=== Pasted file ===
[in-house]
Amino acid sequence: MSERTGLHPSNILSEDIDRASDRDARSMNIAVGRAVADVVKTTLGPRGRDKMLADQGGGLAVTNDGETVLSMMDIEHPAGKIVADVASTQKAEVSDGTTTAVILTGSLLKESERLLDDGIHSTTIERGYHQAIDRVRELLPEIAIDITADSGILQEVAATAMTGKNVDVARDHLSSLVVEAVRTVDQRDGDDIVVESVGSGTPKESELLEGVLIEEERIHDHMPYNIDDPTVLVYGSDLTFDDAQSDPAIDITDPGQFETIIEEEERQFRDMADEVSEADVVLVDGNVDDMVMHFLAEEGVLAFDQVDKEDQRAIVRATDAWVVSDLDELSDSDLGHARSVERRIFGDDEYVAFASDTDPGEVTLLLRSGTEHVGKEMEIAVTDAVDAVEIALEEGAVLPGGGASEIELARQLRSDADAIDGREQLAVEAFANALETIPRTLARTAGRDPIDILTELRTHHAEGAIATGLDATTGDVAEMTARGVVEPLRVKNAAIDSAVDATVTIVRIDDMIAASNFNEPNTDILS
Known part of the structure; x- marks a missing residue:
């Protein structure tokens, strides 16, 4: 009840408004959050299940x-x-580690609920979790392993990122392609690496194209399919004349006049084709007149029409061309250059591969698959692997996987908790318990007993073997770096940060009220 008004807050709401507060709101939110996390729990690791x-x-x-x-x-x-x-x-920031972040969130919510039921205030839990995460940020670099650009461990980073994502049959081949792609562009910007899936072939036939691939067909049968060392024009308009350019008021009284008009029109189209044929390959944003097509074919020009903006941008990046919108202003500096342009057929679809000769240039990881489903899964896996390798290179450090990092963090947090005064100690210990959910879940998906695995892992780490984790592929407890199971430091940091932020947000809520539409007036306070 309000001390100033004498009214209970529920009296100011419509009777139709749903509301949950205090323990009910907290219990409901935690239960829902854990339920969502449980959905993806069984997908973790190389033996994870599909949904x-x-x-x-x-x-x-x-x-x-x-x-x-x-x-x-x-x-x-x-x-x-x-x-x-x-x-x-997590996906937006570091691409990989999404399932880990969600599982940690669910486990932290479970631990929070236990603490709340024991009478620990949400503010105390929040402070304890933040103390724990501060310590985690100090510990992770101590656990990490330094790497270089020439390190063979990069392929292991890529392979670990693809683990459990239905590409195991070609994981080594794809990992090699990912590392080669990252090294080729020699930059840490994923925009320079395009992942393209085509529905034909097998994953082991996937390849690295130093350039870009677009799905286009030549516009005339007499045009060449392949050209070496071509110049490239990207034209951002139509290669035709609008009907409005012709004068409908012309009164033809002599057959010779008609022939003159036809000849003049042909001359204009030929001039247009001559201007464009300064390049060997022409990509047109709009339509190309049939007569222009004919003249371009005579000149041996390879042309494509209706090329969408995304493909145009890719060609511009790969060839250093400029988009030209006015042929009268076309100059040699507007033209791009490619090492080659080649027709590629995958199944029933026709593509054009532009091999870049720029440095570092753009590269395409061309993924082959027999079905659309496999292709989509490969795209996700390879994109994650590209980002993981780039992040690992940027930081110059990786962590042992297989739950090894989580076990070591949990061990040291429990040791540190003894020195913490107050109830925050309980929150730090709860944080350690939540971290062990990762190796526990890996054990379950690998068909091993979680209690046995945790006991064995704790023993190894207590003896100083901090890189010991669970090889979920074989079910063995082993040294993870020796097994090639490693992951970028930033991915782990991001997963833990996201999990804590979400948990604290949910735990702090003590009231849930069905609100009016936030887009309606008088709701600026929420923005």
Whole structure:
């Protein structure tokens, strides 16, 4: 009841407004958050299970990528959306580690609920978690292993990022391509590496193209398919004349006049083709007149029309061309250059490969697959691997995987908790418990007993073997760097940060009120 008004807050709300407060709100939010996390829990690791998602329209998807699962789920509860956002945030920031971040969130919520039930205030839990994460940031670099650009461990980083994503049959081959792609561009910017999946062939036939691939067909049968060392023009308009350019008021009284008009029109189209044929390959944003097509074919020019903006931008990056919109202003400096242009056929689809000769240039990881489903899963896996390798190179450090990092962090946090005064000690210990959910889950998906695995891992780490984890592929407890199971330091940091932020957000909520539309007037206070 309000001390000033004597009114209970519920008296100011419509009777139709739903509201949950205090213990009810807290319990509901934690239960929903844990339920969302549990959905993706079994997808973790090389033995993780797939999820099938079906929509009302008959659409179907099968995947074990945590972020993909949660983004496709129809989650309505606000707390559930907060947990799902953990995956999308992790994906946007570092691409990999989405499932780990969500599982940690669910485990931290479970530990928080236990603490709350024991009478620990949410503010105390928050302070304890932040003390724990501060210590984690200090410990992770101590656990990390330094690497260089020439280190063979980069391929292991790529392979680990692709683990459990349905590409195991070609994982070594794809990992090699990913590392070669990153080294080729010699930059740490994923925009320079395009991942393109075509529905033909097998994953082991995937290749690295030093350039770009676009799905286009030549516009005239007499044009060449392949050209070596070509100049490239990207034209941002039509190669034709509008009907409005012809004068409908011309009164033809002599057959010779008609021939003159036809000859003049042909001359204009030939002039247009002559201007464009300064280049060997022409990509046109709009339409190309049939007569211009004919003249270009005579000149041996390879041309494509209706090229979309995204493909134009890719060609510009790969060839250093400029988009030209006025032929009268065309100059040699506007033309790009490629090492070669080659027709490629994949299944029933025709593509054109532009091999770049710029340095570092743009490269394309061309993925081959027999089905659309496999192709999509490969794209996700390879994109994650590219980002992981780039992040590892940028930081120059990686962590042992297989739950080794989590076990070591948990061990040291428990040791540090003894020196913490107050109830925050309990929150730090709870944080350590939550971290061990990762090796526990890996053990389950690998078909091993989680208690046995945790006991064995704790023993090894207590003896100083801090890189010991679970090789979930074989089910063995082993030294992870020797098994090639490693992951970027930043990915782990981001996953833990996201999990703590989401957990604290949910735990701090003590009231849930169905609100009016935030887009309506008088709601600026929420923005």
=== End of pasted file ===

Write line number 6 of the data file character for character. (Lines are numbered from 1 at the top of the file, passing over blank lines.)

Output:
């Protein structure tokens, strides 16, 4: 009841407004958050299970990528959306580690609920978690292993990022391509590496193209398919004349006049083709007149029309061309250059490969697959691997995987908790418990007993073997760097940060009120 008004807050709300407060709100939010996390829990690791998602329209998807699962789920509860956002945030920031971040969130919520039930205030839990994460940031670099650009461990980083994503049959081959792609561009910017999946062939036939691939067909049968060392023009308009350019008021009284008009029109189209044929390959944003097509074919020019903006931008990056919109202003400096242009056929689809000769240039990881489903899963896996390798190179450090990092962090946090005064000690210990959910889950998906695995891992780490984890592929407890199971330091940091932020957000909520539309007037206070 309000001390000033004597009114209970519920008296100011419509009777139709739903509201949950205090213990009810807290319990509901934690239960929903844990339920969302549990959905993706079994997808973790090389033995993780797939999820099938079906929509009302008959659409179907099968995947074990945590972020993909949660983004496709129809989650309505606000707390559930907060947990799902953990995956999308992790994906946007570092691409990999989405499932780990969500599982940690669910485990931290479970530990928080236990603490709350024991009478620990949410503010105390928050302070304890932040003390724990501060210590984690200090410990992770101590656990990390330094690497260089020439280190063979980069391929292991790529392979680990692709683990459990349905590409195991070609994982070594794809990992090699990913590392070669990153080294080729010699930059740490994923925009320079395009991942393109075509529905033909097998994953082991995937290749690295030093350039770009676009799905286009030549516009005239007499044009060449392949050209070596070509100049490239990207034209941002039509190669034709509008009907409005012809004068409908011309009164033809002599057959010779008609021939003159036809000859003049042909001359204009030939002039247009002559201007464009300064280049060997022409990509046109709009339409190309049939007569211009004919003249270009005579000149041996390879041309494509209706090229979309995204493909134009890719060609510009790969060839250093400029988009030209006025032929009268065309100059040699506007033309790009490629090492070669080659027709490629994949299944029933025709593509054109532009091999770049710029340095570092743009490269394309061309993925081959027999089905659309496999192709999509490969794209996700390879994109994650590219980002992981780039992040590892940028930081120059990686962590042992297989739950080794989590076990070591948990061990040291428990040791540090003894020196913490107050109830925050309990929150730090709870944080350590939550971290061990990762090796526990890996053990389950690998078909091993989680208690046995945790006991064995704790023993090894207590003896100083801090890189010991679970090789979930074989089910063995082993030294992870020797098994090639490693992951970027930043990915782990981001996953833990996201999990703590989401957990604290949910735990701090003590009231849930169905609100009016935030887009309506008088709601600026929420923005």